One means to avoid dual processing in the above configuration is to support a uni-directional communication from the source to the headphone indicating when binaural processing is active, so that the headphone may disable its processing stage. However, in wireless applications such as the IEEE 802.15.1 standard (e.g., Bluetooth™ audio), there exists no shared profile for communicating such information. Furthermore, if such a profile were to exist, there is no guarantee that the source device would properly signal such processing.

U.S. Pat. No. 9,311,923 discusses performing feature extraction on an audio signal to generate a conditional probability score that is used for subsequent processing of the audio signal. However, such discussion does not provide much detail regarding the specific problems involved in binaural processing.

U.S. Pat. No. 9,933,989 discusses rendering input audio into binaural audio using binaural rendering metadata. However, such discussion does not contemplate the situation where the input audio has already been binauralized.

SUMMARY

Given the above, there is a need for a blind detection process that is capable of determining when up-stream content has been binauralized. An embodiment is directed to using machine learning techniques to perform blind detection of binauralized audio.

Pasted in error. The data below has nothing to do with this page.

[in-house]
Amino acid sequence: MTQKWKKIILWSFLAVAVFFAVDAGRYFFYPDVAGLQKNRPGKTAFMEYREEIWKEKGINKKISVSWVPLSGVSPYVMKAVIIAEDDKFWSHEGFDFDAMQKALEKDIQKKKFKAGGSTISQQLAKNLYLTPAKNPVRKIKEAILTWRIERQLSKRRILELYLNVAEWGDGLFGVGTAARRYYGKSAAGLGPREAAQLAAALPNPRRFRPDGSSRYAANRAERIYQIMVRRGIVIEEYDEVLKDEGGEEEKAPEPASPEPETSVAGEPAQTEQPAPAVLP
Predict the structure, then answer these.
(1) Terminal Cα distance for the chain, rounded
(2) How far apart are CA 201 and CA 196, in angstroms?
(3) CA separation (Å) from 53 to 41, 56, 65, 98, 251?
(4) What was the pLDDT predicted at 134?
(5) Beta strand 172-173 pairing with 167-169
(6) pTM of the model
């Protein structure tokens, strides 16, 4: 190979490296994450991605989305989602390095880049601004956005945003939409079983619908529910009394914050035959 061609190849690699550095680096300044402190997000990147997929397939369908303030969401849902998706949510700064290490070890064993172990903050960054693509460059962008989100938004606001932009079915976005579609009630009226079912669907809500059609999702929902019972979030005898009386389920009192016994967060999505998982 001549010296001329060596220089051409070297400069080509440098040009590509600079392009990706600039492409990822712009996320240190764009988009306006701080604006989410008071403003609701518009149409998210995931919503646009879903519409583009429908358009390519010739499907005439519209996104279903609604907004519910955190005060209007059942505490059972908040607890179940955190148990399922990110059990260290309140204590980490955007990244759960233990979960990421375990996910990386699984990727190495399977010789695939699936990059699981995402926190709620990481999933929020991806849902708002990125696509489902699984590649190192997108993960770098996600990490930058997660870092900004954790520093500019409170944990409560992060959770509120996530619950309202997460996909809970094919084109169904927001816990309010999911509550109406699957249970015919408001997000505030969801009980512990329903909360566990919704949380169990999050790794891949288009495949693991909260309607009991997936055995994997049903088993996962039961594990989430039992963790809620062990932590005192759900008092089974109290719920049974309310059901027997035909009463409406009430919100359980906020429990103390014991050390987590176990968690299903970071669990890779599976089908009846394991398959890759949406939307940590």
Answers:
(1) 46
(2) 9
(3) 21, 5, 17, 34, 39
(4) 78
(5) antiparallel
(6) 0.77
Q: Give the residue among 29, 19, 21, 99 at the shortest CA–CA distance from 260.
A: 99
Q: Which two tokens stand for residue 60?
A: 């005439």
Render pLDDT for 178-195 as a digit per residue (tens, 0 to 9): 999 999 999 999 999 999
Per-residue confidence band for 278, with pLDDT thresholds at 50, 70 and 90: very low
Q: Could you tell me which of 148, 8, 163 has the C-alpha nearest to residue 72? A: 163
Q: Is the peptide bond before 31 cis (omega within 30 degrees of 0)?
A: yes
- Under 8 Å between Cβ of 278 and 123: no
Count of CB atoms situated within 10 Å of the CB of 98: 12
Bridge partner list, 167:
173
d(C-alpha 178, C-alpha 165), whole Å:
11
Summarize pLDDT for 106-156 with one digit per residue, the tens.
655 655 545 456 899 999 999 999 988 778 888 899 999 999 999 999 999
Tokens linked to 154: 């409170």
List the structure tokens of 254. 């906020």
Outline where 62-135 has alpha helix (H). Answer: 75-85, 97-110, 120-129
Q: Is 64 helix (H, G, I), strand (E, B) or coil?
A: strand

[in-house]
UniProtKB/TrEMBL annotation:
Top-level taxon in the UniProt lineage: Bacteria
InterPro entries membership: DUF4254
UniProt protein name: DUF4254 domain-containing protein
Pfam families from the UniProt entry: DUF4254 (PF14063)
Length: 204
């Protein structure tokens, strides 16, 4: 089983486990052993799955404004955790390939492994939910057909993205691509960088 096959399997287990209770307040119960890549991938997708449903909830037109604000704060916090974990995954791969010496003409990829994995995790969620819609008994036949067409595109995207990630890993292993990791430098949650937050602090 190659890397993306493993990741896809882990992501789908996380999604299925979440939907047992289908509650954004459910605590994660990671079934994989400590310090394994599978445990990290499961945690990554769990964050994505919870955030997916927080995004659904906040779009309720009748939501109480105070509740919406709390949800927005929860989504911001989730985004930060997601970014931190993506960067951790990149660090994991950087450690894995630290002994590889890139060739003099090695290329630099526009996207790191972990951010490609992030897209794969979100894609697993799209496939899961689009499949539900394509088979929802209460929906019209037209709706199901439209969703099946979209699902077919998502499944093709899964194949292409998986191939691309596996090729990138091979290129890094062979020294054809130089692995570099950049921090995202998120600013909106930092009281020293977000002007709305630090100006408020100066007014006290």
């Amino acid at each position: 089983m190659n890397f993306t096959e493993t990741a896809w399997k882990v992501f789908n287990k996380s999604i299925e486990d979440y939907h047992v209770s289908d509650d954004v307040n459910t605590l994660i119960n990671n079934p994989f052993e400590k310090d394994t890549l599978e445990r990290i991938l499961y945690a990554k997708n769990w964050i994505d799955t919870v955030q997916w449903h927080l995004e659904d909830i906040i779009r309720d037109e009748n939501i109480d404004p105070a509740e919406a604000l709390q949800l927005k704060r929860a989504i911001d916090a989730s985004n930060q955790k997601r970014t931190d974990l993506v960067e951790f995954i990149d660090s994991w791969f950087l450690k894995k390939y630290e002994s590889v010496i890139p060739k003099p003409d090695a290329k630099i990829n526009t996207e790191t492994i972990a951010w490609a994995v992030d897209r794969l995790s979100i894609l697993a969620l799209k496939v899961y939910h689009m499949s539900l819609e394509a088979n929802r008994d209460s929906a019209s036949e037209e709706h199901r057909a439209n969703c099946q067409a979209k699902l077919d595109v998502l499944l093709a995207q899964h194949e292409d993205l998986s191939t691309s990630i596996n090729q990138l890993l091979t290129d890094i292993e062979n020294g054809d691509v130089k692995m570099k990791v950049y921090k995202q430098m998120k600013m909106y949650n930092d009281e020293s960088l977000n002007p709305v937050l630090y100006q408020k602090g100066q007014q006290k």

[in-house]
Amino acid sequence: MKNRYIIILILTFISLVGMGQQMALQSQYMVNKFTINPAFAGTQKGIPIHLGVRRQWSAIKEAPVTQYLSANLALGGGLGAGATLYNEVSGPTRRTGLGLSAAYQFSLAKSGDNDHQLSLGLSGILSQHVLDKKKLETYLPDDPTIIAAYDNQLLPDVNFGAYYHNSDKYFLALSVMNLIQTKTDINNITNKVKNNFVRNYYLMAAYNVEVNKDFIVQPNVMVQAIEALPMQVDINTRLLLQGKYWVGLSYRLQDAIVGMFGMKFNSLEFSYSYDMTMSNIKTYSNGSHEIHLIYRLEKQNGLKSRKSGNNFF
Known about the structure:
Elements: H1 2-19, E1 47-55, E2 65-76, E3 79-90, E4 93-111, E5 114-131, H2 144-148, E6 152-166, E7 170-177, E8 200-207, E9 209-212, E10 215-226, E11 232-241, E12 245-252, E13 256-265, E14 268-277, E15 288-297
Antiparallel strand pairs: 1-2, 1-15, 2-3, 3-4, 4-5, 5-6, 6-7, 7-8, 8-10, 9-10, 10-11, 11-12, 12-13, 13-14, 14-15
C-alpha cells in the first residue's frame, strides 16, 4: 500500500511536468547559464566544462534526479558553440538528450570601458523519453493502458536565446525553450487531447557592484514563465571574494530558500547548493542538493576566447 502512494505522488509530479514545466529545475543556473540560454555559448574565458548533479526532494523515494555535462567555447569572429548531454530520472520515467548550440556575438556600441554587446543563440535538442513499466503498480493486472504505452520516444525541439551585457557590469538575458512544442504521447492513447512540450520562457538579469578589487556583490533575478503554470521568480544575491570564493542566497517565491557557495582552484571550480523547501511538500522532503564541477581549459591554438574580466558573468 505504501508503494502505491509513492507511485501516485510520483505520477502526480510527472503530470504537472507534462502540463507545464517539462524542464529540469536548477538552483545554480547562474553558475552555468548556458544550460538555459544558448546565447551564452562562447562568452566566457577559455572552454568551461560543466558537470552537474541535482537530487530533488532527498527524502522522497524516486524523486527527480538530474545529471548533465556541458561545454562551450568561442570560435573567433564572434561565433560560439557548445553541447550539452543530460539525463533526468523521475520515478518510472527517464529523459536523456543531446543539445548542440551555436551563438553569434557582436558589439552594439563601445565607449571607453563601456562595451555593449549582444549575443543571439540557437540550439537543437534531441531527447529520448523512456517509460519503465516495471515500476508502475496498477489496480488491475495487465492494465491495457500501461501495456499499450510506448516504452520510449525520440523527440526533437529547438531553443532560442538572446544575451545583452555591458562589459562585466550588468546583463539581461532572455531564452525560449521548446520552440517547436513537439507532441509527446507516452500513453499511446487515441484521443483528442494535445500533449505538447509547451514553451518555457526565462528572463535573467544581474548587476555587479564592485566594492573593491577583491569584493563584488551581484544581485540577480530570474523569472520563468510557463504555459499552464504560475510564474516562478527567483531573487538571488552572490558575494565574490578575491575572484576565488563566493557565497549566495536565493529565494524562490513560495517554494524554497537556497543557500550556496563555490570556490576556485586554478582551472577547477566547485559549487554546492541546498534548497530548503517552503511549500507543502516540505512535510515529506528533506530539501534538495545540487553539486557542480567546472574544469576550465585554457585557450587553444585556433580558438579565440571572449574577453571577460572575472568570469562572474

According to an embodiment, an apparatus detects binauralization of an audio signal. The apparatus comprises a feature extractor, a classifier, a virtualizer, and a mixer. The feature extractor receives an input audio signal, and extracts a plurality of features from the input audio signal. The classifier receives the plurality of features extracted by the feature extractor, performs a classification of the plurality of features, and generates a result based on the classification. The result indicates a probability that the input audio signal is a binaural signal versus a stereo signal. The virtualizer receives the input audio signal, and performs virtualization on the input audio signal to generate a binaural audio signal. The mixer receives the input audio signal, the binaural audio signal and the result, and the mixer mixes the input audio signal and the binaural audio signal, according to the result, to generate an output audio signal. When the result indicates that the input audio signal is the stereo signal, the output audio signal corresponds to the binaural audio signal, and when the result indicates that the input audio signal is the binaural signal, the output audio signal corresponds to the input audio signal.